Wills, on the other hand, don’t take effect until you pass away. A will would have no impact whatsoever on how your assets are managed during your lifetime. State law does allow you to change a will, either by adding a written codicil or revoking it entirely. To revoke a will in Arizona, you can either do so in writing or by physically destroying the will and all copies of it.
Living trusts are designed to give you a greater measure of control over how assets in your estate are handled. For example, you might write provisions into the trust document stating that your children cannot receive their inheritance until they finish college or turn 30. Or you might use a trust to create a legacy of charitable giving to a favorite charity.
A trust does not, however, replace a will as it only covers property that has been transferred to it. A will could cover all property that’s held in your name when you pass away. Wills in Arizona are subject to probate, which is a court process in which a deceased person’s estates are inventoried and distributed to their heirs. Arizona trusts are not subject to probate if they are fully funded at the time of the grantor’s death.
Living Trust vs. Will in Arizona: Which One Do You Need?
Estate planning experts generally recommend having a will at a minimum to avoid intestacy. Intestacy means that someone passes away without a will. In that scenario, state inheritance laws determine how their assets are divided.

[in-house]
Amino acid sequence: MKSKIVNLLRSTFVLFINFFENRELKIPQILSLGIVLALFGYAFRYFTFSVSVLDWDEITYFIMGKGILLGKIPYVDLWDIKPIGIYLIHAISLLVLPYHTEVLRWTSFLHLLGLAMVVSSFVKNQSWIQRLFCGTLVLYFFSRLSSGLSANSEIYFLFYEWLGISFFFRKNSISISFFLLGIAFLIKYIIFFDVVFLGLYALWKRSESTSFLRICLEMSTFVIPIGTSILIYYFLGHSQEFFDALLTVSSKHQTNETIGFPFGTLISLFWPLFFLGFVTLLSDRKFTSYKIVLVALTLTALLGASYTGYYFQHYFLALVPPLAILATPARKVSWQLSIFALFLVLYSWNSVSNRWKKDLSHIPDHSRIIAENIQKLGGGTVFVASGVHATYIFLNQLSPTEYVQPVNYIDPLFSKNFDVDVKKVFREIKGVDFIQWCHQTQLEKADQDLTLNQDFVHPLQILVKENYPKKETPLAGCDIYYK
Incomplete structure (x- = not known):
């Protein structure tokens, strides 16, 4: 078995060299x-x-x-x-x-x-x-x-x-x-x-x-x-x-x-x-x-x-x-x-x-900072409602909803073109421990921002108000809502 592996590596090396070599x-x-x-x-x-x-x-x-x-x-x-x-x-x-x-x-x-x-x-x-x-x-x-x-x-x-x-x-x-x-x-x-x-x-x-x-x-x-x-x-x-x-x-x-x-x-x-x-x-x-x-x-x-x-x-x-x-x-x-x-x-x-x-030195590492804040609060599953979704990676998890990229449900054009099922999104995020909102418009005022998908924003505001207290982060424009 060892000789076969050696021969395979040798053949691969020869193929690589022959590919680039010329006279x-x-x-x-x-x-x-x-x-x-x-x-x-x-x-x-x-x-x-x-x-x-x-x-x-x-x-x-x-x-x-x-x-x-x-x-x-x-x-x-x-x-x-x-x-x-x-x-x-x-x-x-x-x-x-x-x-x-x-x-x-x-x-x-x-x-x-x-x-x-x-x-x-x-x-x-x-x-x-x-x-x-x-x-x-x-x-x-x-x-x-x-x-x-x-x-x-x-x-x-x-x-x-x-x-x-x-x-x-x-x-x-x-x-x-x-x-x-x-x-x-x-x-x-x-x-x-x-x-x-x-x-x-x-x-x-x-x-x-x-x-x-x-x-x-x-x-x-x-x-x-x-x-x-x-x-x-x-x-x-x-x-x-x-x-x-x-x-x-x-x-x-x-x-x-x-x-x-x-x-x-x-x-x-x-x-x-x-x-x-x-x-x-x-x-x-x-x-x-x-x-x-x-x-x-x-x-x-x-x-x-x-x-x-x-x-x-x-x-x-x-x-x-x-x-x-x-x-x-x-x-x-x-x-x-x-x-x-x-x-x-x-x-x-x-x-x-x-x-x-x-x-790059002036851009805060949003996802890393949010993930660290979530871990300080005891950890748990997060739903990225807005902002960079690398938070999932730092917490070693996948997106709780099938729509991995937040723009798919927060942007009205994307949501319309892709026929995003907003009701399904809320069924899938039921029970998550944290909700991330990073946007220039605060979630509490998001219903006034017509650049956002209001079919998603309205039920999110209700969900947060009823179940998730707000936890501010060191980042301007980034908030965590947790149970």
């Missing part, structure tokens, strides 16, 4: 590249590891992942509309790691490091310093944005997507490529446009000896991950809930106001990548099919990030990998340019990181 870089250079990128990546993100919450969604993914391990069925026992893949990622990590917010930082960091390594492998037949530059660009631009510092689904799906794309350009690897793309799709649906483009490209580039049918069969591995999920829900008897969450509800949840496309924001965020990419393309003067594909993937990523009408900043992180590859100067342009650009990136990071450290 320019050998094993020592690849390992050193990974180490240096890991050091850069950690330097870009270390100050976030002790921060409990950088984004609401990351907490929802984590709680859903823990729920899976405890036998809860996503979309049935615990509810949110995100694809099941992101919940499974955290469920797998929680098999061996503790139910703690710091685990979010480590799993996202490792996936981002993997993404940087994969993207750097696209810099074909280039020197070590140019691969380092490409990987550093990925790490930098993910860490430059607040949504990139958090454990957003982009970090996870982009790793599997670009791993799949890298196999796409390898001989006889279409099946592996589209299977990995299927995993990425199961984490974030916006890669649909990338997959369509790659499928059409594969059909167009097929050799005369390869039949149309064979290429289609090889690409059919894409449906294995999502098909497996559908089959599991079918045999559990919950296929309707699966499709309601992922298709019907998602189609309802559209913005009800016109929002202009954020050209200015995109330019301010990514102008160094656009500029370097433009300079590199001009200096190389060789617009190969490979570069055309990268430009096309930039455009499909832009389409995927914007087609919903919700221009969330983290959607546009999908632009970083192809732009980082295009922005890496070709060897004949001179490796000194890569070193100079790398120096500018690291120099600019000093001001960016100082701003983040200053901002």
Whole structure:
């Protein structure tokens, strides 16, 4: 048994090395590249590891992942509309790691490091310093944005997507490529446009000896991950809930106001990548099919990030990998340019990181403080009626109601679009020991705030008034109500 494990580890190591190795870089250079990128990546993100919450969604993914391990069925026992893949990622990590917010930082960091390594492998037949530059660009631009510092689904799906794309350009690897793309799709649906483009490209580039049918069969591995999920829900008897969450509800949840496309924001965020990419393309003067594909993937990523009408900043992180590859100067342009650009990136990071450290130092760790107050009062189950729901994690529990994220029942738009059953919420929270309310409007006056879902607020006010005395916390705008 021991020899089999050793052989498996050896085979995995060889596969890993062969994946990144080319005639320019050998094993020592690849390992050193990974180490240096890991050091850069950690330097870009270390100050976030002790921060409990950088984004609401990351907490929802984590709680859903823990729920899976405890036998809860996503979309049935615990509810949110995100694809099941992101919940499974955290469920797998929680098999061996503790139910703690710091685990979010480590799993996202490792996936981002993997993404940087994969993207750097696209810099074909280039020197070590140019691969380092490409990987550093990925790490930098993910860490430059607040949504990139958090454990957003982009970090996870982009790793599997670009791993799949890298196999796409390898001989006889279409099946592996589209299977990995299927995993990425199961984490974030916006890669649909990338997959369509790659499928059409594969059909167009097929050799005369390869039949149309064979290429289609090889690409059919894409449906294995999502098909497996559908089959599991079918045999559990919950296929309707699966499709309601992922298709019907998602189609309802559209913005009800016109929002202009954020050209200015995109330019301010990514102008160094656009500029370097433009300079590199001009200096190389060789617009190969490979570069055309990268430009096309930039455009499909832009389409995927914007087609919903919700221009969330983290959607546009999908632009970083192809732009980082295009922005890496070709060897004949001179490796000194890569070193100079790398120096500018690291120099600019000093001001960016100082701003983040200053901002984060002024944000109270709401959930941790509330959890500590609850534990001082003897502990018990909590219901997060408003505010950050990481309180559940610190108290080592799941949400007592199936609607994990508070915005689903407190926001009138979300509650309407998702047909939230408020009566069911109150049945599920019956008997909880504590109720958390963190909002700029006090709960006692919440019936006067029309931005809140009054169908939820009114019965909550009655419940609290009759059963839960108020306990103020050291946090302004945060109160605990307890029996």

In Arizona, inheritance laws give precedence to spouses and children first, ahead of parents or siblings. A surviving spouse is entitled to the entire estate when there are no children, or the only children are those they had with the decedent. State law dictates a different division of assets, however, when there are children from another relationship.
Having a will in place can help your loved ones avoid any potentially complicated questions over who should get what when you pass away. So, if you don’t have one yet, you might consider taking the next step and making one.
A trust, meanwhile, may not be necessary if you have a fairly simple estate or minimal assets. The need for a trust increases when there are more assets at play or when you’d like to leave instructions as to how your estate should be managed during your lifetime and beyond. A financial advisor can help you to decide whether you might need to add a trust to your estate plan, based on the type of assets you have and your overall goals.
Comparing a living trust vs. will in Arizona can help you put each one’s function into perspective. While financial experts generally recommend that everyone has a will, trusts are optional. Knowing how each one works can make it easier to decide if setting up a trust might be necessary.
Estate Planning Tips
- Talking to a financial advisor can help you gain a better understanding of what might be lacking in your estate plan or your overall financial plan. Finding a financial advisor doesn’t have to be hard. SmartAsset’s free tool matches you with up to three vetted financial advisors who serve your area, and you can have a free introductory call with your advisor matches to decide which one you feel is right for you. If you’re ready to find an advisor who can help you achieve your financial goals, get started now.
- If you’re ready to make a will, you could hire an estate planning attorney to help you. But if you have a straightforward estate, you might make a will yourself using an online software program. There are a number of different online will makers to choose from and comparing the features and costs can help you choose the one that best fits your needs.